That’s where I stand.


P.S. There is, after all, an untruth in this post. I believe my regular readers will be able to spot it quite easily. <3

Did this post resonate with you or help you in some way? Let me know in the comments below! If you’d like to support my work, you can buy me some writing time! This helps to support my work and keep it accessible and ad-free!

Jane Waterman

Hi, I’m Jane! I create blogs, fiction, art, and adaptive yoga as I seek peace and healing in this strange and sometimes beautiful world. I’ve been chronically ill and probably crazy for 30 years, but I try not to let it stop me!

Please visit the about page to learn more about me and my hopes for this community! If you’d like to support my work, please visit my tip jar at ko-fi.com/jane or my ongoing creative projects at patreon.com/janewaterman.



2 Responses

  1. Im not a regular reader – just decided to click your link on the HAWMC page. Your blog title intrigued me. I don't talk about my depression on my blog. My blog is about my kids diabetes. I don't talk about my depression because it isn't like so many of my friends. I can go long stints with no issues then something tiny will set it off and Ill spend a week secluded from everything I can avoid.

    I don't know what your untruth would be since I don't know you. I also can't promise I will remember to come back to read more posts. These days Im very absent minded, overcommitted, and it seems late on everything. I like participating in HAWMC – (oh by the way if any of the posts I suggested are not your favorites – sorry – they were suggested sometime between 1 and 3am on my third almost allnighter in a row due to diabetes shenanigans. I honestly didn't think WEGO would use them or identify me. oops.) Last year I met a few people via HAWMC that I hold more dear to my heart than some long time real life friends. We don't share illnesses – just a passion for laughter, love and advocacy.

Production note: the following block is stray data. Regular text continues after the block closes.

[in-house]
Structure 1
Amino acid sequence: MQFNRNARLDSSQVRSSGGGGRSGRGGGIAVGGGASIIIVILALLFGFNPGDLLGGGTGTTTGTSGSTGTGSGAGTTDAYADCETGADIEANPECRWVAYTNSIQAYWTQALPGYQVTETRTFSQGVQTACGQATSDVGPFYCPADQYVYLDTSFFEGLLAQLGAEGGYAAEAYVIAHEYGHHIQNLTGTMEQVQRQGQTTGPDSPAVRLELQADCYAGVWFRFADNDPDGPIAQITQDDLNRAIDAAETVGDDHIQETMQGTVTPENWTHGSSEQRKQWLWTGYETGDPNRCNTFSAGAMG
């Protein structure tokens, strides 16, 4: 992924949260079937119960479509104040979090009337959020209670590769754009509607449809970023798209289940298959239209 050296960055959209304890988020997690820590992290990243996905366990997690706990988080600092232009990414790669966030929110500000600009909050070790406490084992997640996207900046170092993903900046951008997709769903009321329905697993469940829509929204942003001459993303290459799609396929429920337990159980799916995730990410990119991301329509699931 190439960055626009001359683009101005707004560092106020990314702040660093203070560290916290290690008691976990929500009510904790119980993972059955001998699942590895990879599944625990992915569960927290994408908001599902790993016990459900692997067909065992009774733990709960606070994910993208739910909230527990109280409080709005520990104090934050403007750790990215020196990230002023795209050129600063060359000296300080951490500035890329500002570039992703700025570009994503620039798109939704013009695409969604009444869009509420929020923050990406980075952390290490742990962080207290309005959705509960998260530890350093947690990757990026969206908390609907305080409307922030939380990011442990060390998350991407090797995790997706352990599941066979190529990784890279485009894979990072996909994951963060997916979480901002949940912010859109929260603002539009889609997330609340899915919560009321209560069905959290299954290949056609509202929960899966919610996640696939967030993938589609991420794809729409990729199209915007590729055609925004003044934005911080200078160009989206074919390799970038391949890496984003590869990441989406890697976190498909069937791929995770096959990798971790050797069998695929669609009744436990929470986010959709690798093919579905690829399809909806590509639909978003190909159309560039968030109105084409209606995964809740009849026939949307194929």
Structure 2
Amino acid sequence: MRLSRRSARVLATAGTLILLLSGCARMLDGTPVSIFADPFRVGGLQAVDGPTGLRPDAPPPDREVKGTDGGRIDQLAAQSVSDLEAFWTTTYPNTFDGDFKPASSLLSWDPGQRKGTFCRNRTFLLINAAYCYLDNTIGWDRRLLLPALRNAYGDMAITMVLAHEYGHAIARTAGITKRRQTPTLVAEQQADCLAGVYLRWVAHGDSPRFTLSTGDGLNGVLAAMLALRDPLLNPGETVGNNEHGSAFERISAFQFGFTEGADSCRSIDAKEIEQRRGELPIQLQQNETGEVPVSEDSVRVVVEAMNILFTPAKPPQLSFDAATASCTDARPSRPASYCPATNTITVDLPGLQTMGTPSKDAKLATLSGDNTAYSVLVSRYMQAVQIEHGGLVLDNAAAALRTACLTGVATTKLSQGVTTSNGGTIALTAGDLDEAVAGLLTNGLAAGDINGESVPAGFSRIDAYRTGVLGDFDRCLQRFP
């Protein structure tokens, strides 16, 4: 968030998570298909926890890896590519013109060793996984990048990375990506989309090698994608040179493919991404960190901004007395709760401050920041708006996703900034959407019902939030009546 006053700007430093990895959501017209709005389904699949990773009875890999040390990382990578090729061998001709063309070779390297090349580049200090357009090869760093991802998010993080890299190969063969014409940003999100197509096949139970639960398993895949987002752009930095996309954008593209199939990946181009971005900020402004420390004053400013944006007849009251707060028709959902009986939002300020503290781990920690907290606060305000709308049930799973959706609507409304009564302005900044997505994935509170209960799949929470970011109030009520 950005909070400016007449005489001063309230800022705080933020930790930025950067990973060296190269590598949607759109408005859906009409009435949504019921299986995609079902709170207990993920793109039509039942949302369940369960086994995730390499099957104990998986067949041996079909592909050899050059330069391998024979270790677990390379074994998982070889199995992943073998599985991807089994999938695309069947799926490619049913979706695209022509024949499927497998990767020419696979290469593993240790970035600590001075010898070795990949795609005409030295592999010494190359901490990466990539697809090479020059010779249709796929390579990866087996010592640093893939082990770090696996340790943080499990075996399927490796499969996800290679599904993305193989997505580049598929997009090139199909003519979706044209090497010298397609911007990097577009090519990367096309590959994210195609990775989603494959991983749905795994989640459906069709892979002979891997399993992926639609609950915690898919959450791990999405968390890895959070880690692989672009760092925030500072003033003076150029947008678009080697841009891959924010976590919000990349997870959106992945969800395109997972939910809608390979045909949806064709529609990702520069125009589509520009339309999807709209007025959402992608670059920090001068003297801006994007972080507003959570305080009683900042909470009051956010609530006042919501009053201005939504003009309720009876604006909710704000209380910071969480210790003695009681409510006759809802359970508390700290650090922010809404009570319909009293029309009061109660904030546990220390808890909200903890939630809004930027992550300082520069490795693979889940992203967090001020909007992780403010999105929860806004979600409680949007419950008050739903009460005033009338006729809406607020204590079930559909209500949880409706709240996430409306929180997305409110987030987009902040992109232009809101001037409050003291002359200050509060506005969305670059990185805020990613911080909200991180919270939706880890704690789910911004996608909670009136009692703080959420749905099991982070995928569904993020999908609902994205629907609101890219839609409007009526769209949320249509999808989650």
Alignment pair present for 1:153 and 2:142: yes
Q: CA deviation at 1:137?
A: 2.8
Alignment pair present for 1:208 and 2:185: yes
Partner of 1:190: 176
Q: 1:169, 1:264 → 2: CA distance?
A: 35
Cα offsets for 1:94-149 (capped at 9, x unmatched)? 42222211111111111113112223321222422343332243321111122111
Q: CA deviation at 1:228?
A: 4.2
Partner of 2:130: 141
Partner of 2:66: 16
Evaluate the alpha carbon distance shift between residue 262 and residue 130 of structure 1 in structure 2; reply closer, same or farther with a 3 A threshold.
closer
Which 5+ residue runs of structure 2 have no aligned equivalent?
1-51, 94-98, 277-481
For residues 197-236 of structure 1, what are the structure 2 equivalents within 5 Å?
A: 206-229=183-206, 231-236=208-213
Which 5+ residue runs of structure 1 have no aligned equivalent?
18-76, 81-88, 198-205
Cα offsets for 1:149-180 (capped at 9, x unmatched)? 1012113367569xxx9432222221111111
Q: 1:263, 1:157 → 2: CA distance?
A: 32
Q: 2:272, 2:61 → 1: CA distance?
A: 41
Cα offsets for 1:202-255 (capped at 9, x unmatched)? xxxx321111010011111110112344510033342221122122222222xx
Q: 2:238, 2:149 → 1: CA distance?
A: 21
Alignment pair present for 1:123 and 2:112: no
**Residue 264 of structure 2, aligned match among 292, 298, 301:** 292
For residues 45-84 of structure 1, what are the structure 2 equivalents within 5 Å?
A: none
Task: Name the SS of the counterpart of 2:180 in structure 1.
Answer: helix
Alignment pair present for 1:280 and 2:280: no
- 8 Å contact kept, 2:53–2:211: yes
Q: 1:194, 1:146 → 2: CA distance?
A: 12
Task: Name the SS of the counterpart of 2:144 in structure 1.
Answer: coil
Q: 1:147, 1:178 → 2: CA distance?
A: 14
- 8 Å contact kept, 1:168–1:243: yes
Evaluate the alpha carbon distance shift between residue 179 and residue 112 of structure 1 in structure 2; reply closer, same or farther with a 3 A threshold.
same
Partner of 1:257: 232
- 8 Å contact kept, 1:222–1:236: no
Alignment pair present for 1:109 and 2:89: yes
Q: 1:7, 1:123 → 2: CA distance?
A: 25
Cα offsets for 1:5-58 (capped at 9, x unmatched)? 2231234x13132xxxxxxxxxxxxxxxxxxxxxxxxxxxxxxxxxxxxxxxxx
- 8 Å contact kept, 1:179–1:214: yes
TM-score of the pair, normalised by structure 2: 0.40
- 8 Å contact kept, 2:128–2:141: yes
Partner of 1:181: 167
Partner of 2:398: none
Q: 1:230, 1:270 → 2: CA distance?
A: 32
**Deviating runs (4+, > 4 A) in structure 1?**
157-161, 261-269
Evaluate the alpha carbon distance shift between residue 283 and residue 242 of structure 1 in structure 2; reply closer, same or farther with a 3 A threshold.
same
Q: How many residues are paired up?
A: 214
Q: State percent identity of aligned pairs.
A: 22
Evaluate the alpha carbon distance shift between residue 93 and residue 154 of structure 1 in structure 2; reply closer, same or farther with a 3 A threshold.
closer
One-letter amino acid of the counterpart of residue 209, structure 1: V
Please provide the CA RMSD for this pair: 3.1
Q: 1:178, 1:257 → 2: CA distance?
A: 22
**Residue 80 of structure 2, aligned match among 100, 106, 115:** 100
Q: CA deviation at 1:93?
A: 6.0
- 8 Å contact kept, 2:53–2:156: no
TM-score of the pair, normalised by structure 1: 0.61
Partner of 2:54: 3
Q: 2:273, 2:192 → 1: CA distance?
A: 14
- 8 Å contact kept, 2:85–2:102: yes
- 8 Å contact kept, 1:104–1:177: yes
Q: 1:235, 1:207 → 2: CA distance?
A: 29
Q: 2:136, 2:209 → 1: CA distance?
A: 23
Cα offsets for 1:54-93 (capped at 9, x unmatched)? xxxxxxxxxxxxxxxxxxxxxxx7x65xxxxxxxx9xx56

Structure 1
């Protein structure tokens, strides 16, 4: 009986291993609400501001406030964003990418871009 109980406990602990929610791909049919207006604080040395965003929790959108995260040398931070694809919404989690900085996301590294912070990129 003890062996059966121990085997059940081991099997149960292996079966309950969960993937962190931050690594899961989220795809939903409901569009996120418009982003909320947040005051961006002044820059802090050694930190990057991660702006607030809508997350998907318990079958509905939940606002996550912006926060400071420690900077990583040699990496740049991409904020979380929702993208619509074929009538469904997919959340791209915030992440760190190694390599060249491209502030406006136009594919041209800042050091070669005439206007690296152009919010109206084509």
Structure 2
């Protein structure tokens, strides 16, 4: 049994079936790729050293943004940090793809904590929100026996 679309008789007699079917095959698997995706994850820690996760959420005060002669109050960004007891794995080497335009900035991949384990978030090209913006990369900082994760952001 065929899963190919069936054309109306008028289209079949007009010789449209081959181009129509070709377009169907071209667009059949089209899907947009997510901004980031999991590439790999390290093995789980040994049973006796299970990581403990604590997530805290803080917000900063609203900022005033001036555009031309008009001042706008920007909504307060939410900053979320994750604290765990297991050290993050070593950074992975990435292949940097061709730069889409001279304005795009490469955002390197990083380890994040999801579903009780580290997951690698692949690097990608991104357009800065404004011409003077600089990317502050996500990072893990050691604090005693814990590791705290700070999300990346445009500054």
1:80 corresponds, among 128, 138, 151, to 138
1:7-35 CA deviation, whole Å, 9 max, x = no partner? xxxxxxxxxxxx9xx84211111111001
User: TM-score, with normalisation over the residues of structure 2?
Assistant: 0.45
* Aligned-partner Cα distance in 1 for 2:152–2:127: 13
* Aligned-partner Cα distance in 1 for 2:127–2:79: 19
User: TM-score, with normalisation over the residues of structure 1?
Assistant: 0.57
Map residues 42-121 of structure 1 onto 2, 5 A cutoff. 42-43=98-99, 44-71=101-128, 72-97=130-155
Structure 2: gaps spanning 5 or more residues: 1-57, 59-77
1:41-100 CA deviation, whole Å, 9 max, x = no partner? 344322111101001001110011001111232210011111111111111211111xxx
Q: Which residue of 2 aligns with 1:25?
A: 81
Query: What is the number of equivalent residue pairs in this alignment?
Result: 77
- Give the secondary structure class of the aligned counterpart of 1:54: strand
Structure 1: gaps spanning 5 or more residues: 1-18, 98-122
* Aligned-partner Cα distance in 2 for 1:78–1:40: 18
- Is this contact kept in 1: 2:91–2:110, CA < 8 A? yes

I do hope your doctors hear you and are responsive. I also hope your current pain can be identified and resolved in a not so intrusive manner.

    One last thing – I love you art. you are very talented.

    best regards always.


    1. I'm sorry that you have to experience at depression at all. I wouldn't wish it on anyone! I have experienced it since I was 22, perhaps earlier, and I'm now 46… I never really did want to sit down and figure out exactly when it began!

      Hehe, there's no worries about coming back to read. I appreciate your dropping by. I can relate totally to absent-minded and over-committed. Please don't take my comment about the prompt personally. It was more a reflection of the day I'd had before in particular, the pain I was presently in, and the difficulty in coming up with posts according to a prompt. It's not my natural writing style, which is to ramble all over the place.

      Like you, I have met some amazing people through WEGO. I feel very blessed. Pretty much all my friends are online. I think it's the nature of the beast when living with or caring for someone with a chronic illness.

      Many thanks for the comment about my art. Creating digital art is something I enjoy very much, and the computer makes it so much easier for me!

      Many blessings,

      P.S. I'll copy this to your email in case you don't get back here.